“The greatest pleasure was when a man would come out on the streets with a drum, to wake us up [for sahur].  It was a joyful occasion, but now that technology has advanced, we have the telephone, so we all wake up at the same time to the alarm”.

“It’s a lot easier now, but it’s not as fun as it used to be.”

Fasting amid religious harmony and the challenges of the communist system

Gjakova is one of the cities where there is interreligious harmony. Besides the Muslim community, among other beliefs, there is also the Christian one.

For Ilijaz, the month of Ramadan does not only bring memories among the citizens of the Islamic faith, but the moments of understanding by the Christian residents are also engraved on his mind.

“There were good times. Even those who were Christians did not smoke and did not eat on the street during Ramadan, so that we would not see them. They were educated with their religious spirit”, says the elderly man, adding that nowadays this happens less.

For 45 consecutive years, Kosovo was governed by the communist system, which lasted from 1945 to 1990. During that period, the proclamation of religion in public institutions and schools was not something that could happen very naturally.

For Muhamet Iljazi, who spent most of his productive years working as a teacher, those days were challenging.

He recounts how he had fasted while serving as a teacher at the “Hajdar Dushi” gymnasium in Gjakovë during the ‘60s.

Iljaz notes that practicing religion openly has risked bringing him trouble.

“If they found out that you are fasting, they would fire you from work”, he says.

Thus, he was forced to find a way to do it secretly.

“Usually, when I was at school, at the gymnasium when I started working at the age of 23, in 1966, they [the colleagues] used to drink tea and coffee, so I had to hide or go out during the break, pretending to have work to do.  But this would not pass every day”, he says.

Back then, he had found an interesting way to tackle such issues so as to avoid problems. His solution was a handful of glass beads which he secretly used.

“I found a way by using the beads, that we used to call porta. When I left the classroom during the longer break, I kept a bead in my mouth. When my colleagues invited me to ‘join them for coffee or tea’, I told them ‘no’, [explaining] ‘I just took a candy’. This way, they did not notice [anything off about] me.”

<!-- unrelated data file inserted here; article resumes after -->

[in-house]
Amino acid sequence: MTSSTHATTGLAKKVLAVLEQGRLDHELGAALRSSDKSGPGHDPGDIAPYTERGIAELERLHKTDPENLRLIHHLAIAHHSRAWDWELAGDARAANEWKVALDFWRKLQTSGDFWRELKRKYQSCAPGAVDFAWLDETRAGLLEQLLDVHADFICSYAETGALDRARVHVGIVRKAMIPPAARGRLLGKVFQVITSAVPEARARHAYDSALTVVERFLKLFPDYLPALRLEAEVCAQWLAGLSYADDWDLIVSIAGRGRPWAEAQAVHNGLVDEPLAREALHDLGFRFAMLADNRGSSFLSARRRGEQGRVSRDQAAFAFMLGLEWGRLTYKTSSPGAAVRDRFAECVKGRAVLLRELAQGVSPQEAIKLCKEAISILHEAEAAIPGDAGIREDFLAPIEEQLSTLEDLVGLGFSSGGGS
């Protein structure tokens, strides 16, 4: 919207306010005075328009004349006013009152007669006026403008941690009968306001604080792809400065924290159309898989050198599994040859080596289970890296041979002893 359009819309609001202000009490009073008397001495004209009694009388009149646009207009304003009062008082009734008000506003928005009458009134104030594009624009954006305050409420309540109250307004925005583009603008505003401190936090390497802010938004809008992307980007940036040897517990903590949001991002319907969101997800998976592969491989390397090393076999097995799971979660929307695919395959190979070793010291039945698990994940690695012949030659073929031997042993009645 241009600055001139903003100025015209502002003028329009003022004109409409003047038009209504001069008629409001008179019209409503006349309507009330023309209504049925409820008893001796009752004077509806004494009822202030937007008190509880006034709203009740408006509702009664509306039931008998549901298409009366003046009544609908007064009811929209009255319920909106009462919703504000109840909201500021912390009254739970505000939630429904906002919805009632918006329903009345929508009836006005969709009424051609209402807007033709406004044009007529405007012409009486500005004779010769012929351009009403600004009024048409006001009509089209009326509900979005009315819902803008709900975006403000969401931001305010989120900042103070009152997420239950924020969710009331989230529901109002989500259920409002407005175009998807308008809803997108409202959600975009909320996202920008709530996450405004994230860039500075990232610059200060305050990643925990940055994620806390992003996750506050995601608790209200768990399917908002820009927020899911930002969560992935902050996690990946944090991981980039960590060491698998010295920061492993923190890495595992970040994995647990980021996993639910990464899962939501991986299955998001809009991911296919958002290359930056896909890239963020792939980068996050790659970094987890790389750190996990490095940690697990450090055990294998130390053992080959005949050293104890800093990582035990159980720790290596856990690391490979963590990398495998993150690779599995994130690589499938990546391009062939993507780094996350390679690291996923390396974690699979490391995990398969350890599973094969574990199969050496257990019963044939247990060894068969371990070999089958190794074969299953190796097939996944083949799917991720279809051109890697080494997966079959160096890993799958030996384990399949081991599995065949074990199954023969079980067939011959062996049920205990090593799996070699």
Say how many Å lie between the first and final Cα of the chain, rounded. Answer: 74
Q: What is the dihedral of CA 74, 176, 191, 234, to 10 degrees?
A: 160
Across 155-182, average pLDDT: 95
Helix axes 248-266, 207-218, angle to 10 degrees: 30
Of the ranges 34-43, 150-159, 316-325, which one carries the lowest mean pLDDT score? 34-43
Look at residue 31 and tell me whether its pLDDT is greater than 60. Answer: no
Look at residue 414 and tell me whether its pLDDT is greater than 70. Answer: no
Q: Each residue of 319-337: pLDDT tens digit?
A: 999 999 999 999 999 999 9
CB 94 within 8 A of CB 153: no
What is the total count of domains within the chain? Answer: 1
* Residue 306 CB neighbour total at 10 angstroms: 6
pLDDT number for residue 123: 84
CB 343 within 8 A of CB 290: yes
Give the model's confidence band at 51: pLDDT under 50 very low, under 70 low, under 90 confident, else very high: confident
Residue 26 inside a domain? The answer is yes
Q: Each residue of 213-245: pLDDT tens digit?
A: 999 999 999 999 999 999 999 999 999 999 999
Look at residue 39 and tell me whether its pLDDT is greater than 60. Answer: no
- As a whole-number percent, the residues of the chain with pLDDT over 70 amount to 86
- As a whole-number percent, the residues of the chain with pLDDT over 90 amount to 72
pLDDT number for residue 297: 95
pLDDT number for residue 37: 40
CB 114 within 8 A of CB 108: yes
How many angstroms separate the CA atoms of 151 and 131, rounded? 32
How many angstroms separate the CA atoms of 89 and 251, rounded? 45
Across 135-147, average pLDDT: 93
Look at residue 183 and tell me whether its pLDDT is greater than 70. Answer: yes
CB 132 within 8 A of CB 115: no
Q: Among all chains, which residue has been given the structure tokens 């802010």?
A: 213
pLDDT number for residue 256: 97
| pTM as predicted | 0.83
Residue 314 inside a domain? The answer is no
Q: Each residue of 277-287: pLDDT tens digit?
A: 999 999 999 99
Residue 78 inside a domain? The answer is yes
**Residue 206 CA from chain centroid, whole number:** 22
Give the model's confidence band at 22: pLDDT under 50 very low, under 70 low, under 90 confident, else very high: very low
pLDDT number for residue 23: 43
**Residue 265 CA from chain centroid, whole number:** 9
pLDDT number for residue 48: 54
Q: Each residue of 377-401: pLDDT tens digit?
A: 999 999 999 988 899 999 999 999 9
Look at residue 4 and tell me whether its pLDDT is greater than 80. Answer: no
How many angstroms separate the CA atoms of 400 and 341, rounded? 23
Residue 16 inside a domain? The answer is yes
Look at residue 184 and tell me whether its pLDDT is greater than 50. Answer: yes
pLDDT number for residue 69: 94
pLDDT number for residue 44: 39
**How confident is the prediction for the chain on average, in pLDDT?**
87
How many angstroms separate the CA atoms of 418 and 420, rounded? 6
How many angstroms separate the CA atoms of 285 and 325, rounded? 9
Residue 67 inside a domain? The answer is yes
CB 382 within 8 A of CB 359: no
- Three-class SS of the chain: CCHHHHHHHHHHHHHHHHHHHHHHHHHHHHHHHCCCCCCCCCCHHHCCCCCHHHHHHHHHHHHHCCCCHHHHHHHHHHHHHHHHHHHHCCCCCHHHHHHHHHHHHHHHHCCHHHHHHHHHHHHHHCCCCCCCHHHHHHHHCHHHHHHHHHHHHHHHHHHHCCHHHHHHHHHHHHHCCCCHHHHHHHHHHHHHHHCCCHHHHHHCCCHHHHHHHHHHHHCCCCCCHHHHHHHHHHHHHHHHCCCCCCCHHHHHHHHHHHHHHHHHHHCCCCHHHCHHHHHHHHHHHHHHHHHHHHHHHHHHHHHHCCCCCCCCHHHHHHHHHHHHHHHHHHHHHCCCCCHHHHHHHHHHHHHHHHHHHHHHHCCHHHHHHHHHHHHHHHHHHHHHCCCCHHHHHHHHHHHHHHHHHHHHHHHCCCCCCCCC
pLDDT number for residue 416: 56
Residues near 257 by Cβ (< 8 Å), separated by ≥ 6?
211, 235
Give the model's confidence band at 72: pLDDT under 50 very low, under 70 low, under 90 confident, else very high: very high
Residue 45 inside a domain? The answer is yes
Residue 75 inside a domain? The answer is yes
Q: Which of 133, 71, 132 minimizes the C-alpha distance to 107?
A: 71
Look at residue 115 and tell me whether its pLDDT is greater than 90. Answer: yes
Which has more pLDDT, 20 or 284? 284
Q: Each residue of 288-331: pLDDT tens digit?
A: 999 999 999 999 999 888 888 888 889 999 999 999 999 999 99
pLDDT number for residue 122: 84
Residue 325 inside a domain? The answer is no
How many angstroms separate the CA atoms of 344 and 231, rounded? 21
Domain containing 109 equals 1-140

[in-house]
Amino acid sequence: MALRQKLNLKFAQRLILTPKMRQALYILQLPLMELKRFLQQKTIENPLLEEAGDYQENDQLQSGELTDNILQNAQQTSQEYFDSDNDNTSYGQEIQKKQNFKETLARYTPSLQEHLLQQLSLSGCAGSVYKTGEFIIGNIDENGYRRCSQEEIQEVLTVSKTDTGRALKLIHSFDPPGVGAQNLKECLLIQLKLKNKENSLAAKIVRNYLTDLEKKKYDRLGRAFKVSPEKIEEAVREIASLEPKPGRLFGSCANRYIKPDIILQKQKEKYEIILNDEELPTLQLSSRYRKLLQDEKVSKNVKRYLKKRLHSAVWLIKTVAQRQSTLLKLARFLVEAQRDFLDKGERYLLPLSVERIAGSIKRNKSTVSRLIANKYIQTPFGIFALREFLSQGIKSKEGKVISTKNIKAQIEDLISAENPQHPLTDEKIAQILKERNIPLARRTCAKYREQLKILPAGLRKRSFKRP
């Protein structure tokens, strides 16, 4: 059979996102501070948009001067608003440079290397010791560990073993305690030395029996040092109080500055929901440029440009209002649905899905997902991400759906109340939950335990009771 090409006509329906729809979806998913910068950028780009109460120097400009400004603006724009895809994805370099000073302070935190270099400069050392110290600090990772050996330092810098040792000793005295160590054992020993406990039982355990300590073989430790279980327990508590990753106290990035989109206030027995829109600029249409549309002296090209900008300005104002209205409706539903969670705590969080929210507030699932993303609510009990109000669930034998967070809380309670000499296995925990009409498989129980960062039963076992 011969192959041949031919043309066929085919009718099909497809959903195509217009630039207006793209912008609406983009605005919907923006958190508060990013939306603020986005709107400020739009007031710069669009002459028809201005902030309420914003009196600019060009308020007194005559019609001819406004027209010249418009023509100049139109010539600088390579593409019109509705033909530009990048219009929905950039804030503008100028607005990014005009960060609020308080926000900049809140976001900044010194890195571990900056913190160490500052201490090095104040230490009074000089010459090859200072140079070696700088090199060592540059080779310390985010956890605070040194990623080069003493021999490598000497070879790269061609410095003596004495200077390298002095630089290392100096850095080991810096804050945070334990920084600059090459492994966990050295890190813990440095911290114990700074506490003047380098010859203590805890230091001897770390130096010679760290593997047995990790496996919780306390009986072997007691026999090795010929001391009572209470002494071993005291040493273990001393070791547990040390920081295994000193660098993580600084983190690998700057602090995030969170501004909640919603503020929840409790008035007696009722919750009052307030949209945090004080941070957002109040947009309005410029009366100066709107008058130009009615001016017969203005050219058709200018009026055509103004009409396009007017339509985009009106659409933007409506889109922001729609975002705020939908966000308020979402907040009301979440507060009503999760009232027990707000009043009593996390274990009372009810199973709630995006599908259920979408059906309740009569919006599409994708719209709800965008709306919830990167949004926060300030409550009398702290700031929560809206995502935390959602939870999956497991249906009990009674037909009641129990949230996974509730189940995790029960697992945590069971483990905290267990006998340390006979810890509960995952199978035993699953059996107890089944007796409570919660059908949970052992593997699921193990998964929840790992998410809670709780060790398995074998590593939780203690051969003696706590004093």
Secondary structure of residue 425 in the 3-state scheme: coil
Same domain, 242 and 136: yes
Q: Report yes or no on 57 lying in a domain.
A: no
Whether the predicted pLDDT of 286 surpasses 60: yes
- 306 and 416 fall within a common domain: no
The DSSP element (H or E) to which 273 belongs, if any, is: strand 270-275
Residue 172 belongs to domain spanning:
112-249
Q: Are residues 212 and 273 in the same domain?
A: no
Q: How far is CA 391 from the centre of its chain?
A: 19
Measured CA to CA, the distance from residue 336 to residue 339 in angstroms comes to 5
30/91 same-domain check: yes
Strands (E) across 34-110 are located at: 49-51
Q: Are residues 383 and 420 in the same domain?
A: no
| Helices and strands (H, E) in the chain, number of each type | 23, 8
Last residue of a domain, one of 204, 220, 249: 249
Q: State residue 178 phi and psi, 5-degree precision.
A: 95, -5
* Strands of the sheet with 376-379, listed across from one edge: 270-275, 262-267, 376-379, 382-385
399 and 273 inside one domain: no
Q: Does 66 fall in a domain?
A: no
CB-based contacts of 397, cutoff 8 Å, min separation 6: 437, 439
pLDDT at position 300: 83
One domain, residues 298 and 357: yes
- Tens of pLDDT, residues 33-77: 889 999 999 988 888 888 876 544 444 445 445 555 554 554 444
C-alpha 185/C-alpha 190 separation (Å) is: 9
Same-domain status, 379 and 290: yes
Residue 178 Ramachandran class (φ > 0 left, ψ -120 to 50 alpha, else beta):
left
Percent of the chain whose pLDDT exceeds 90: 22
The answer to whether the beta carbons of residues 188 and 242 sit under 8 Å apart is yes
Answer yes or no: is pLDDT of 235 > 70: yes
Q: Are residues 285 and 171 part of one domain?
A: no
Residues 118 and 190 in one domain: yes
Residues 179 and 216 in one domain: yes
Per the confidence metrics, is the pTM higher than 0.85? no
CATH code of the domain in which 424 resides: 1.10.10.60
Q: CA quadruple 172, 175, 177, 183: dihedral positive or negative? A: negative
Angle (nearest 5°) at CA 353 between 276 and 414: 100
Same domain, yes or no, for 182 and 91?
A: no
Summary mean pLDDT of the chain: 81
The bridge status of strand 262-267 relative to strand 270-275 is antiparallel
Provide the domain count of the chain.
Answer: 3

A Kosovar Muslim attends a morning prayer session to celebrate Eid al-Fitr, which marks the end of Ramadan, at the Grand Mosque in Pristina, Kosovo, 13 May 2021. Photo: EPA-EFE/VALDRIN XHEMAJ

Military service

Only a few years later, another challenge during the month of Ramadan for Iljaz became the military service.

“In 1968 I joined the army, I was in Bosnia. When it was Ramadan time, there was a 90 per cent majority of Serbs, [who held positions as] captains and officers. Breakfast, lunch and dinner were served at specific times. The horn would sound. If you didn’t have a meal, you were left without a meal. Then, when I had to eat sahur, I had nowhere to get bread from or [a place] to prepare it.”

So, the meal schedule, the overall conditions and numerous physical activities that had to be exercised on a daily basis, had made it impossible for the then-25-year-old to fast.

“I was thinking of eating dinner and staying only with the dinner meal, but the next day we would have to exercise, running up and down. The body couldn’t take it for 24 hours without food.”

Iljazi also remembers when Ramadan would be during the summer months and the high temperatures made fasting difficult. He overcame this problem thanks to his strong will ingrained since his childhood.

“When Ramadan came in the summer, we had a hard time. We were careful as children not to run too much, not to play with the ball, or go for a swim. Winter has been easier because the days were shorter, but the strong will opens the iron gates, knowing that God’s reward is great” – concluded Iljazi in his interview with BIRN. 


24 March 2023 - 17:37